Convert.ToInt or String.Split : which is more efficient?

Which way is better for removing float decimals places or is there a more efficient way?

Rounding is not important, i am interested in displaying the number

Float number;
1- int wholeNumber= Convert.ToInt(number);
string display=wholeNumber.ToString();

2- string [] splitNumber= number.ToString().Split('.');
string display=splitNumber[0];
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Here are two oprions that are more efficient:

Simply cast the number instead of calling Convert.ToInt32:

((int)number).ToString()

Format the number using a format specifier with zero decimals:

number.ToString("N0")

The first one should be slightly faster, as it's easier to format an integer than an floating point number.

If you want something that really is efficient, you would cast the number to integer, then format it into a string yourself using code that is optimised to do only what you need and nothing more.

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+1 for number.ToString("N0"), which is simple and exactly describes the code's intention, making it easy to read. I doubt any inefficiency it possesses will be an issue in most situations. –  Brian Mar 24 '10 at 19:30

Since you are just dropping the decimal, do:

int wholeNumber = (int)number;

That will effectively drop the decimal. Note that it will not round the number, but that is not the behavior that you requested.

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1 is better, because it describes what you're doing. 2 breaks in different locales.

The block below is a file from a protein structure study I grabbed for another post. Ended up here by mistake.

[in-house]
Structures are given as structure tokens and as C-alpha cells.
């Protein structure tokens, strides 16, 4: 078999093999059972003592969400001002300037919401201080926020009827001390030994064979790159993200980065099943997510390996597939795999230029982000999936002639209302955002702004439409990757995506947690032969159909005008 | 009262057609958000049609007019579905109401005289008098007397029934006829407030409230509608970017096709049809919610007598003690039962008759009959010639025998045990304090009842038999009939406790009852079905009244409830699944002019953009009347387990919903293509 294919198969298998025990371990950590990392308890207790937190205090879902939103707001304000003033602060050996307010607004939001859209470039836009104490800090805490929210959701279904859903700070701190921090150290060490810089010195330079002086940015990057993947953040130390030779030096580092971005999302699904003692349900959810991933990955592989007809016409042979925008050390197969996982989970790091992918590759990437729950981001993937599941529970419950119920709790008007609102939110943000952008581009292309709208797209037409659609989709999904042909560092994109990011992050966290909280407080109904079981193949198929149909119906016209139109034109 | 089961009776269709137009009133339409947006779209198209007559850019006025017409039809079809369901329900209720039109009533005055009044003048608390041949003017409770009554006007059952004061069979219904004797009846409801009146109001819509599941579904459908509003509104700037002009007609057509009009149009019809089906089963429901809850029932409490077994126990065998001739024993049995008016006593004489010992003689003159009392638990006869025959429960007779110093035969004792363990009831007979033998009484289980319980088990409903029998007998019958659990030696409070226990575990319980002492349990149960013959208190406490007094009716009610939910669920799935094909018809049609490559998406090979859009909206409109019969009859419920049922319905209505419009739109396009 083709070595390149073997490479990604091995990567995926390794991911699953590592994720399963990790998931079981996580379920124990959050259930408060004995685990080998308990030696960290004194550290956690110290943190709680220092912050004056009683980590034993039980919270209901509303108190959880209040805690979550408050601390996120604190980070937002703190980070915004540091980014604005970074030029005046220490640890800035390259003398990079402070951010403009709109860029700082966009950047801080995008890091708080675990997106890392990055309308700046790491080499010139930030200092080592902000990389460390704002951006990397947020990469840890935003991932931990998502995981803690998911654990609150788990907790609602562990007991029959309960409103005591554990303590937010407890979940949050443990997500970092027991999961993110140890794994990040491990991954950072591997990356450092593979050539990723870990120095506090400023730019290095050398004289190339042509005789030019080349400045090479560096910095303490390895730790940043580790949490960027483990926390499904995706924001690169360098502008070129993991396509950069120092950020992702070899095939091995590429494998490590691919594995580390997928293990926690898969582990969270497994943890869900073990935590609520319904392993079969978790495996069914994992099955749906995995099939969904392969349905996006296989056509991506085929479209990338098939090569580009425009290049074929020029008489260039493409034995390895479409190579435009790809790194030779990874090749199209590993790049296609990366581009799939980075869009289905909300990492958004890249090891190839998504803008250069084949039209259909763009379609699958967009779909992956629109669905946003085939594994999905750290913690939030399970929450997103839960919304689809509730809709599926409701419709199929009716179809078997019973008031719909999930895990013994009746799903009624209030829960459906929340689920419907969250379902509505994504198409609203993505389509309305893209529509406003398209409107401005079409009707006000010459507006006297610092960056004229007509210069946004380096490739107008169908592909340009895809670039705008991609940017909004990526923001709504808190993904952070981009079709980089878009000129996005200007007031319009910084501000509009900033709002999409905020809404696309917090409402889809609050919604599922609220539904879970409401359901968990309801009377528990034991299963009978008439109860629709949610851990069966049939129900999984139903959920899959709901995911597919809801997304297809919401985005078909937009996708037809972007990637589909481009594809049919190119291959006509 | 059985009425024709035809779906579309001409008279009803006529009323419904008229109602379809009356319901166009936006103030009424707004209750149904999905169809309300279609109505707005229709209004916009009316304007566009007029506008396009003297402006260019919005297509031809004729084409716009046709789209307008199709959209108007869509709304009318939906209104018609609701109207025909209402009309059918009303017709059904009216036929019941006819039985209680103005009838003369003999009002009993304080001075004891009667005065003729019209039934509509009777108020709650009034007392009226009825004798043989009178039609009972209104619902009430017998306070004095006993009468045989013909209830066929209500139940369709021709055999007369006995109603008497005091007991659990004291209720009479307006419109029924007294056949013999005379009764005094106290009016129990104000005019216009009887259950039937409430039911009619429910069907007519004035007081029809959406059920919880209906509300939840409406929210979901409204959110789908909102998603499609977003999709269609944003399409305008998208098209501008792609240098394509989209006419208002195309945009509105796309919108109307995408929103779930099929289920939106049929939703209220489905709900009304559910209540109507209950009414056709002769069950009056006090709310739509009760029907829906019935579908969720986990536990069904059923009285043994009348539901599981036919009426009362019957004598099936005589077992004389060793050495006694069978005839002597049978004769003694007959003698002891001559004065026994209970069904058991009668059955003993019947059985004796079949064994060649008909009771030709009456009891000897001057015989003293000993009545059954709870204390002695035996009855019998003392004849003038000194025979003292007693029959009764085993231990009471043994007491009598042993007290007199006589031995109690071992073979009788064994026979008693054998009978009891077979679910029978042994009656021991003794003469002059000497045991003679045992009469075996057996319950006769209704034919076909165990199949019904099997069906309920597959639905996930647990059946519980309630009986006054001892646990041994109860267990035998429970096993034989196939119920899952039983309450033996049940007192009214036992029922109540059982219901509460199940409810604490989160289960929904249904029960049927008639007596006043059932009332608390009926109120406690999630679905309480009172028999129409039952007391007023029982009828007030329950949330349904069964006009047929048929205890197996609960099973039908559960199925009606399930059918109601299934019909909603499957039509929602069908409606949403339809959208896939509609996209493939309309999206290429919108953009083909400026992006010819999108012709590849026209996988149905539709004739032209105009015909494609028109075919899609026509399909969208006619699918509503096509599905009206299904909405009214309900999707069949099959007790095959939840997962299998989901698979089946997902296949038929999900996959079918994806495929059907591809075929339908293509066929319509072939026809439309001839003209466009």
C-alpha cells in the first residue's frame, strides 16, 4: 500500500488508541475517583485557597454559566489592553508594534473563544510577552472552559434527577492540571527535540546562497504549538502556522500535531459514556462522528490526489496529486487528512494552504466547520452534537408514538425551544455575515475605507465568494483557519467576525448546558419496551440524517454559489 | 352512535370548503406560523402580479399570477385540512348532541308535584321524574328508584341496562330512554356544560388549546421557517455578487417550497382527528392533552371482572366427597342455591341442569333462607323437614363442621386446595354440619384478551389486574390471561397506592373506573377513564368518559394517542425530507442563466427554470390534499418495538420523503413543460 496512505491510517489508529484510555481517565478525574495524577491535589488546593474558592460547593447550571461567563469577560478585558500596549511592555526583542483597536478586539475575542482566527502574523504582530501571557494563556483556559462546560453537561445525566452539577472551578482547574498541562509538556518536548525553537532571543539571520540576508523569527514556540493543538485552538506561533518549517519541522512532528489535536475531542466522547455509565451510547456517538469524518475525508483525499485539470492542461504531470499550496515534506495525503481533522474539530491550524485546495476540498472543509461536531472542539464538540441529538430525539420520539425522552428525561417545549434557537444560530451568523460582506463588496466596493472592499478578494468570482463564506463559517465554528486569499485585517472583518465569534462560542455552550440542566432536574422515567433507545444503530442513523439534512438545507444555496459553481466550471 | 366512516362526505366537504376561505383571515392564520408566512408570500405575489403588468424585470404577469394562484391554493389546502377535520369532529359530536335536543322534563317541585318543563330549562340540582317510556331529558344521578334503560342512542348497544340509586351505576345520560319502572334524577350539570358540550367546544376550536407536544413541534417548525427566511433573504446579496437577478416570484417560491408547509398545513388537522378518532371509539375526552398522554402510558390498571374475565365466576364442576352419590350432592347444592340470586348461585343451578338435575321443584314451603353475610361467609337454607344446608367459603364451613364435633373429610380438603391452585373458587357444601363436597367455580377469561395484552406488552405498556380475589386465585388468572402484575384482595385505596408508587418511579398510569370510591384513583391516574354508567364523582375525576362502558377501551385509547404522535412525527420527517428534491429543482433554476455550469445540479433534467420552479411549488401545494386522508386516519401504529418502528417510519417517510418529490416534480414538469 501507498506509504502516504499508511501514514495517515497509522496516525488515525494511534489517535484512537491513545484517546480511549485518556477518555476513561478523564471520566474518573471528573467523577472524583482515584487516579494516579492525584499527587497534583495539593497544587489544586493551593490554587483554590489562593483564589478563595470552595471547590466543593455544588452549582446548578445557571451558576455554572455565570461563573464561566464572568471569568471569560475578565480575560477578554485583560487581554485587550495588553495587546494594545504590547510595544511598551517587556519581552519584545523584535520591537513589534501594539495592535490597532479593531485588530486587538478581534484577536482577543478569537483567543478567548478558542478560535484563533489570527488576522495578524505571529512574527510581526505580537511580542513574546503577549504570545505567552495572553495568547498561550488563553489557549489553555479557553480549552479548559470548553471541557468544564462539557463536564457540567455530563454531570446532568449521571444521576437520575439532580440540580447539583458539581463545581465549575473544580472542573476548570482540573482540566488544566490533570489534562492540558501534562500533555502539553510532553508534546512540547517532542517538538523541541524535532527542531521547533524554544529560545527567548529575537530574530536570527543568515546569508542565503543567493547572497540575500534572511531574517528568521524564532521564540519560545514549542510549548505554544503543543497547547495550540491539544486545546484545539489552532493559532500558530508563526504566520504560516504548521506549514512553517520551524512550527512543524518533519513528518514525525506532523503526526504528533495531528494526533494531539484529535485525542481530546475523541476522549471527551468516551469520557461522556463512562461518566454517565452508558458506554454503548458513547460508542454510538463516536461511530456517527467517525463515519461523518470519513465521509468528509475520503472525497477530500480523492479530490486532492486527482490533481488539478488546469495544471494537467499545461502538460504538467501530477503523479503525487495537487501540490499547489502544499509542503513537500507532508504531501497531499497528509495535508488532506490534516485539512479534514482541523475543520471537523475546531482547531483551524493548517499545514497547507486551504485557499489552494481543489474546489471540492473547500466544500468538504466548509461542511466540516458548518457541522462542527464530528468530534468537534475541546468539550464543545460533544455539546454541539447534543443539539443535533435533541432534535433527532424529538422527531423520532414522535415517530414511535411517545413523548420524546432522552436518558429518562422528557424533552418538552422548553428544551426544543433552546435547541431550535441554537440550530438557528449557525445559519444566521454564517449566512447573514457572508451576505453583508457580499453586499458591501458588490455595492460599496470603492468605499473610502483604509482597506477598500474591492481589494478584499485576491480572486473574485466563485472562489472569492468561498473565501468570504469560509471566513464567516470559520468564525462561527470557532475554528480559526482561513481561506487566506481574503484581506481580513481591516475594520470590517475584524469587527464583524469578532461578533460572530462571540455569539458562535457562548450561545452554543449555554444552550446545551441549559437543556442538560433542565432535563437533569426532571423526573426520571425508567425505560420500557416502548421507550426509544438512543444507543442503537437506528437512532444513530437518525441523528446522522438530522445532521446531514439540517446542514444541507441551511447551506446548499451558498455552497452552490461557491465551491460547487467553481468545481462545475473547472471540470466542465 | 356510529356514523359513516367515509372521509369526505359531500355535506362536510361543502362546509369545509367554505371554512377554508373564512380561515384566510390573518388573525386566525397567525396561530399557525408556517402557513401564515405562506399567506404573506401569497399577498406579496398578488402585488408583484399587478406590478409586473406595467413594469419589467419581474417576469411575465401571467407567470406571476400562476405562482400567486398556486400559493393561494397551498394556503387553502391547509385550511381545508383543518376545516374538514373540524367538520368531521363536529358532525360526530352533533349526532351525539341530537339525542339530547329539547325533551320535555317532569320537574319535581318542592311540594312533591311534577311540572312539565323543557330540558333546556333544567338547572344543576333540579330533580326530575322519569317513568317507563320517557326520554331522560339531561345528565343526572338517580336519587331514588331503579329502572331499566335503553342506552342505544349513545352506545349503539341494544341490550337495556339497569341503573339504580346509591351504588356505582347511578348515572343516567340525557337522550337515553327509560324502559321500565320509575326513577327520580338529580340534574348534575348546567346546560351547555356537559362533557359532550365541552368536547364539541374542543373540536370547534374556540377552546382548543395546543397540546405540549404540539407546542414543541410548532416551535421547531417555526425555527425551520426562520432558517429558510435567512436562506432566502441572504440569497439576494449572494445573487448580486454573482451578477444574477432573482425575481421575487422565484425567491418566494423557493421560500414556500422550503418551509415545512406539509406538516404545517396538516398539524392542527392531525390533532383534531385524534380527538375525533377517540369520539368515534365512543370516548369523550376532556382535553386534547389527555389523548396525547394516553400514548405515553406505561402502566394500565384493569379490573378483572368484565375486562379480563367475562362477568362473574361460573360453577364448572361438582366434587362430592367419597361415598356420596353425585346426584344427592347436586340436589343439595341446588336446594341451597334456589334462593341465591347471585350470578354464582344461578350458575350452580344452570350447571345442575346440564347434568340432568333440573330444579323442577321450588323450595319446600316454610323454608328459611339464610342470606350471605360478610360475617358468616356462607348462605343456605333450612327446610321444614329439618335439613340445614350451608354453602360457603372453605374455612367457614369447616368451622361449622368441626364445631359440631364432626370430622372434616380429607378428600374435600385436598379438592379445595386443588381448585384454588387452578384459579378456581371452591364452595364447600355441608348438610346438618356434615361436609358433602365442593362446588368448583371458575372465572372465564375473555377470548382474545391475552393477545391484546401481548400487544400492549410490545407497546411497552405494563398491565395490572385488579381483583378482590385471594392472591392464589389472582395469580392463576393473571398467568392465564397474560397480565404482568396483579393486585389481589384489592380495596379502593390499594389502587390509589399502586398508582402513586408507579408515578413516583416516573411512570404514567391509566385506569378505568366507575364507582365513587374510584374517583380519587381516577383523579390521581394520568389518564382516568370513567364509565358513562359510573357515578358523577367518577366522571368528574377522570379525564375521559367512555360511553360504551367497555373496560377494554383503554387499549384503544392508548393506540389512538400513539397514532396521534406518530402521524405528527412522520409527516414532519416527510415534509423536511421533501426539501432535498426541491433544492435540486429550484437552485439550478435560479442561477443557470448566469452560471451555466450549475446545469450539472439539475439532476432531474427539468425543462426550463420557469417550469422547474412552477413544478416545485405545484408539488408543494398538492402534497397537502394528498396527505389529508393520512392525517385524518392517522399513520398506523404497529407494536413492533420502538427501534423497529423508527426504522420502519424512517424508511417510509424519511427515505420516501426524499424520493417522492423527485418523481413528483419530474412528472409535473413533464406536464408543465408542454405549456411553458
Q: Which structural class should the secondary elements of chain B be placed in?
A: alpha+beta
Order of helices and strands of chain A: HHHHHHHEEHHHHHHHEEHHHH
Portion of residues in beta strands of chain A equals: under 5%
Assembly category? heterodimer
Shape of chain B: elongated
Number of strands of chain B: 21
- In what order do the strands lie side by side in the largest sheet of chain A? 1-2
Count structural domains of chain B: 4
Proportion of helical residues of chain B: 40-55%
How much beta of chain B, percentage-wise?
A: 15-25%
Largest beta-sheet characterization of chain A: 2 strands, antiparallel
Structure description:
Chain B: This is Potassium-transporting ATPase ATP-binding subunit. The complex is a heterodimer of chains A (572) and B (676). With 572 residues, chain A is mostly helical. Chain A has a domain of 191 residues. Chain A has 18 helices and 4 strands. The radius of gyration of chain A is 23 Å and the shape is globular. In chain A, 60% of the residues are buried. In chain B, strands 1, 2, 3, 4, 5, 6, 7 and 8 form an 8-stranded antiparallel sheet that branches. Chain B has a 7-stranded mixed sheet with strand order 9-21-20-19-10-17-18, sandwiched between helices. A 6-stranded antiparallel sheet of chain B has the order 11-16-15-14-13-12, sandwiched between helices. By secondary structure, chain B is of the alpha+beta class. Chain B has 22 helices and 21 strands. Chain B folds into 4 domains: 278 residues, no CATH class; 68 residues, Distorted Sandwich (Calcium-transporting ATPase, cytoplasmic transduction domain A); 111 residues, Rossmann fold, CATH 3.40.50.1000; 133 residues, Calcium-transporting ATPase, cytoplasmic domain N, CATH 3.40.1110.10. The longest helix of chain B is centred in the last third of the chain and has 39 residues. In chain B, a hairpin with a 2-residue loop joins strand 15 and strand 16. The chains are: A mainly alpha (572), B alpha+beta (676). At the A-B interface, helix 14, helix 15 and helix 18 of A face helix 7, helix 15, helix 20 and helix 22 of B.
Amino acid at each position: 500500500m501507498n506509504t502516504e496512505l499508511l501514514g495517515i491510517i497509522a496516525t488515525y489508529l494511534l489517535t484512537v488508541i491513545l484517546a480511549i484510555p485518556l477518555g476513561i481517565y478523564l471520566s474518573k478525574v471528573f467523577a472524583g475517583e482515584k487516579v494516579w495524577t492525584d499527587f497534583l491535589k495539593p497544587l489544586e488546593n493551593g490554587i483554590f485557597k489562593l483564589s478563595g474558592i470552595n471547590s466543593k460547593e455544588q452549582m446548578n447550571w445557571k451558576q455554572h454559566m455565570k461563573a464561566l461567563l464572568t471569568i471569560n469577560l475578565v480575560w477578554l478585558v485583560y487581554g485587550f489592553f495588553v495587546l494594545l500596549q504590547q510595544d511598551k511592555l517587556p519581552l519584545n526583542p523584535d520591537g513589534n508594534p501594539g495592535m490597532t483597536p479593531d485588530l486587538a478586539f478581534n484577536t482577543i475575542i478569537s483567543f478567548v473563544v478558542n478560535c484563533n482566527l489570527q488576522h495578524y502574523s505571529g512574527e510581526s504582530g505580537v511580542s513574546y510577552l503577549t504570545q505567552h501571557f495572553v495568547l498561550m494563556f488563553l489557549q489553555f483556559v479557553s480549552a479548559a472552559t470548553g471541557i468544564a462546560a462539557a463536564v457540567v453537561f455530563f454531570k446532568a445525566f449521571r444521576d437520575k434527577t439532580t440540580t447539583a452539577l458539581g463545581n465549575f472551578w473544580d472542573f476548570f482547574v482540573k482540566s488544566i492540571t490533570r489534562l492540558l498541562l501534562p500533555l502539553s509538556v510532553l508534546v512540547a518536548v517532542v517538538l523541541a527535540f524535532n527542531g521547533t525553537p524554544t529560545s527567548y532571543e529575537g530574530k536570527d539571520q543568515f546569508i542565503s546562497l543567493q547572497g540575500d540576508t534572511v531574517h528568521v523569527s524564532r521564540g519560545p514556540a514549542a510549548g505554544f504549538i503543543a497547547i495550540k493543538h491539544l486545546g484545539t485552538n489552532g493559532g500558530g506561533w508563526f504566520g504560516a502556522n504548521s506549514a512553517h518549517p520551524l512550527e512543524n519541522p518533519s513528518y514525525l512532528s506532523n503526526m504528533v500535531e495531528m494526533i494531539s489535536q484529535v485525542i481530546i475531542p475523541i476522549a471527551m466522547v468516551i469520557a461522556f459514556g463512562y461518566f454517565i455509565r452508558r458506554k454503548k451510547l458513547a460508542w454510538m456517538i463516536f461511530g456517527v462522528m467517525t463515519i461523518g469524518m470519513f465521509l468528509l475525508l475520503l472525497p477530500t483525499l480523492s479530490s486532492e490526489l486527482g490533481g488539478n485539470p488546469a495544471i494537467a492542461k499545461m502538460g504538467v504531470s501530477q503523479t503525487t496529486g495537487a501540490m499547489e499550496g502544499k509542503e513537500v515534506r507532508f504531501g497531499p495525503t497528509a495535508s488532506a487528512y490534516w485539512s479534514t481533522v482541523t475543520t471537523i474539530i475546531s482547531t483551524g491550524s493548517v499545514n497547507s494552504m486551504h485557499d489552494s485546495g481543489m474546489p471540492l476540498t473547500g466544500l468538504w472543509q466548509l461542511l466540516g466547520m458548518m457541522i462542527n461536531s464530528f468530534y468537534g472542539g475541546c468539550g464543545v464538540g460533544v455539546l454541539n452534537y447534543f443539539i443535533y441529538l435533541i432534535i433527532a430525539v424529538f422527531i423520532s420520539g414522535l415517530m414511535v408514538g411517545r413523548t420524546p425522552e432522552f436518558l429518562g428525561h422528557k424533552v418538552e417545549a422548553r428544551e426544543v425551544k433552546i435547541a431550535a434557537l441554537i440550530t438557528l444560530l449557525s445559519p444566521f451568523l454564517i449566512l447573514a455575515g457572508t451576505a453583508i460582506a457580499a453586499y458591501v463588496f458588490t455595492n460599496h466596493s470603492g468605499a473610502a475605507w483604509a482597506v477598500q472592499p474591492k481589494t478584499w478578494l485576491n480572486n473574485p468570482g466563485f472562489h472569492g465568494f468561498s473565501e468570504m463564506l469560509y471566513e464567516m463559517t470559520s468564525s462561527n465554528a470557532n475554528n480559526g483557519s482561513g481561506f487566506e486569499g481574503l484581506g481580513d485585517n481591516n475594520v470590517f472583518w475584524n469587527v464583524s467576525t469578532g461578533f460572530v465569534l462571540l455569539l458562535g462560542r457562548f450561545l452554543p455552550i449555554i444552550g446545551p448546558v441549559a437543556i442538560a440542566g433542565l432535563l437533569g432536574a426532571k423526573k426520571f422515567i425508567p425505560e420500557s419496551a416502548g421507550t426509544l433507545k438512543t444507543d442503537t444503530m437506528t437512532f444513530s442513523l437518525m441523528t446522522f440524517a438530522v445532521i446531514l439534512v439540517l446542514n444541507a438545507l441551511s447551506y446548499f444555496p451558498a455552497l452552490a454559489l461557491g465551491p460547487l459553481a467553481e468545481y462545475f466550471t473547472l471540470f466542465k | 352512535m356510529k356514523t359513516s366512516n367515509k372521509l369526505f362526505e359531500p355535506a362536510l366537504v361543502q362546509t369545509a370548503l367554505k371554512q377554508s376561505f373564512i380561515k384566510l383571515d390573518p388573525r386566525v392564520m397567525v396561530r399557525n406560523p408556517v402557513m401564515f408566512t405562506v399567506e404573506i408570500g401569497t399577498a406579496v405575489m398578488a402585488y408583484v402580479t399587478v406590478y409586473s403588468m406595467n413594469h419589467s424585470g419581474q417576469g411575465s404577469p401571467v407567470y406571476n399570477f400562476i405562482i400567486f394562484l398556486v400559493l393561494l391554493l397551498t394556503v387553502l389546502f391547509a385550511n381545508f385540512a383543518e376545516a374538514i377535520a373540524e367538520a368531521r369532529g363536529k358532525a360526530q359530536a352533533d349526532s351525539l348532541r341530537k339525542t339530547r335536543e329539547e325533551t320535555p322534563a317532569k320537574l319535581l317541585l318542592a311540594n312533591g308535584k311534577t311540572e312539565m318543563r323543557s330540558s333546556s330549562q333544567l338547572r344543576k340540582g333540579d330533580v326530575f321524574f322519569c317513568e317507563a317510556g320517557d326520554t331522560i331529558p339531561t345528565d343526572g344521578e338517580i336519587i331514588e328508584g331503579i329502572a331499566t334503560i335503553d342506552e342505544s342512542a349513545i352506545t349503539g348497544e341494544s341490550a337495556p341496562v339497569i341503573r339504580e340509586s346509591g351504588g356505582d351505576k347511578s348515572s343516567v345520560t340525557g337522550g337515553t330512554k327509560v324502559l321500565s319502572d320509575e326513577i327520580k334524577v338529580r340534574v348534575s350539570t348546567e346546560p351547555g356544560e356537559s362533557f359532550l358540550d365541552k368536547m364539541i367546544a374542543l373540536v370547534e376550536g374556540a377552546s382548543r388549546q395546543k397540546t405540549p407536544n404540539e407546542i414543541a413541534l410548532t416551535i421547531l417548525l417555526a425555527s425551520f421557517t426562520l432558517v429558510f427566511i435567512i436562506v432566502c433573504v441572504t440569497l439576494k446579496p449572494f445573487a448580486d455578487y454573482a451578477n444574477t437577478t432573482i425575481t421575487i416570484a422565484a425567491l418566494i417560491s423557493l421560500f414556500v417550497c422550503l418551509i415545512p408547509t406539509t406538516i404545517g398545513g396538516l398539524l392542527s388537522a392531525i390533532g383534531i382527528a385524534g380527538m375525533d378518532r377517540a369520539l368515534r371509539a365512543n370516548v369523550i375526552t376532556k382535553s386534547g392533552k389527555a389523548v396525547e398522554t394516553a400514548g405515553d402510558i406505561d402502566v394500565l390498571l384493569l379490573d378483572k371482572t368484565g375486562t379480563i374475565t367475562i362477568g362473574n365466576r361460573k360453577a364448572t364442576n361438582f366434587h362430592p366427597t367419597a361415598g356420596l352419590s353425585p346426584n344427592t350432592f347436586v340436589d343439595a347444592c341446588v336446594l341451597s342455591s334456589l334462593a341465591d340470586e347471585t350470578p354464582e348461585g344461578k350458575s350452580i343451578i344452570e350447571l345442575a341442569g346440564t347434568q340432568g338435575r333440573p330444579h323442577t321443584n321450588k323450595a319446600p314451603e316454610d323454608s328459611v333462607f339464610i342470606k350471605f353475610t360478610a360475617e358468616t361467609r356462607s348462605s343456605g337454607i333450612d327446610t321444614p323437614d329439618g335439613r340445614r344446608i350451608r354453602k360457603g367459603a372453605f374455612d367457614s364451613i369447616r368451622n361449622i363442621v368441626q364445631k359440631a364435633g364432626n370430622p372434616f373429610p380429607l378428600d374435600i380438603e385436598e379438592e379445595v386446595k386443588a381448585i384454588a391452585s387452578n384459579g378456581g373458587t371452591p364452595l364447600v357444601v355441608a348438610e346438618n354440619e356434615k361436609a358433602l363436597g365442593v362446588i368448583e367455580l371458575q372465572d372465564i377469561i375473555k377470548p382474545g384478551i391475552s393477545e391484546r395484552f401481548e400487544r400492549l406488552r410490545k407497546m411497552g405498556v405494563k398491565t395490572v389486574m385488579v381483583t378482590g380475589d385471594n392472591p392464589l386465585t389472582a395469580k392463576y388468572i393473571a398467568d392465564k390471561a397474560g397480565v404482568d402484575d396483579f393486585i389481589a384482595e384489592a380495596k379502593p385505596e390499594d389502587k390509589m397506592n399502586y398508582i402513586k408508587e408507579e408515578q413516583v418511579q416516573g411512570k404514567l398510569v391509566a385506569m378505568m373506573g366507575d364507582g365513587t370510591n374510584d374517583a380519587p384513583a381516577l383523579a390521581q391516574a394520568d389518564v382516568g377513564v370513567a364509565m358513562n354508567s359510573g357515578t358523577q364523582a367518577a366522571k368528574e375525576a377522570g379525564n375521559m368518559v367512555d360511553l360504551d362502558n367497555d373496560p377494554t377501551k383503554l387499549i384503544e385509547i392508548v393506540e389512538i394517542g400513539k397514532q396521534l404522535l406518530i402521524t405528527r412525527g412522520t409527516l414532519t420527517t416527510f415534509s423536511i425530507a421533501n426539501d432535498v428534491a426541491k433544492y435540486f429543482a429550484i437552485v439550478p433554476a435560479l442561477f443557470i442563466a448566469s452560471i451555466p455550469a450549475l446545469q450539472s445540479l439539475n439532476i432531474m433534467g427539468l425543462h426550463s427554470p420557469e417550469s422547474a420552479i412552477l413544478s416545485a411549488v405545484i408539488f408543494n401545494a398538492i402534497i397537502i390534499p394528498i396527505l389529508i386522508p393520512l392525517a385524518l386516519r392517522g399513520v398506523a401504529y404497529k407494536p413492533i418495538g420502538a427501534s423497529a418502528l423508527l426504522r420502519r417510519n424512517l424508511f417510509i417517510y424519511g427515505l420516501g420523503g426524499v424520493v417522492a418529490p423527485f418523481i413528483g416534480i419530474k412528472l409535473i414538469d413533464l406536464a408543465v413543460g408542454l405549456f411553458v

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int i = (int)number;
string display = i.ToString();

The cast to int will automatically drop any decimal places

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I'm assuming that by more efficient, you mean "faster".

Have you tried to determine this yourself? I doubt you'll get a definitive answer unless someone else goeas ahead and tries it.

Set up a loop doing the same process 1000 times or so (adjust the number as you see fit) and then time the difference.

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Using number.ToString("N0") is a slam-dunk. Trying to optimize it is pointless, whatever you are doing to display the string to the user is going to be a lot more expensive.

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If it's just for display, pass in the correct format string, and you don't need to convert at all:

Float number;
string display=number.ToString("F0");

Note: this is efficient coding, not necessarily memory or speed efficiency - you'll only be able to determine that through timing of many repeated loops over each method.

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This test passes so both work. Not sure about the efficiency though. Which do you think reads better? The Truncate call is more explicit as to what you're doing.

[Test]
public void Getting_whole_number()
{
Assert.AreEqual("5", Math.Truncate(5.5).ToString());
Assert.AreEqual("5", ((int)5.5).ToString());
}
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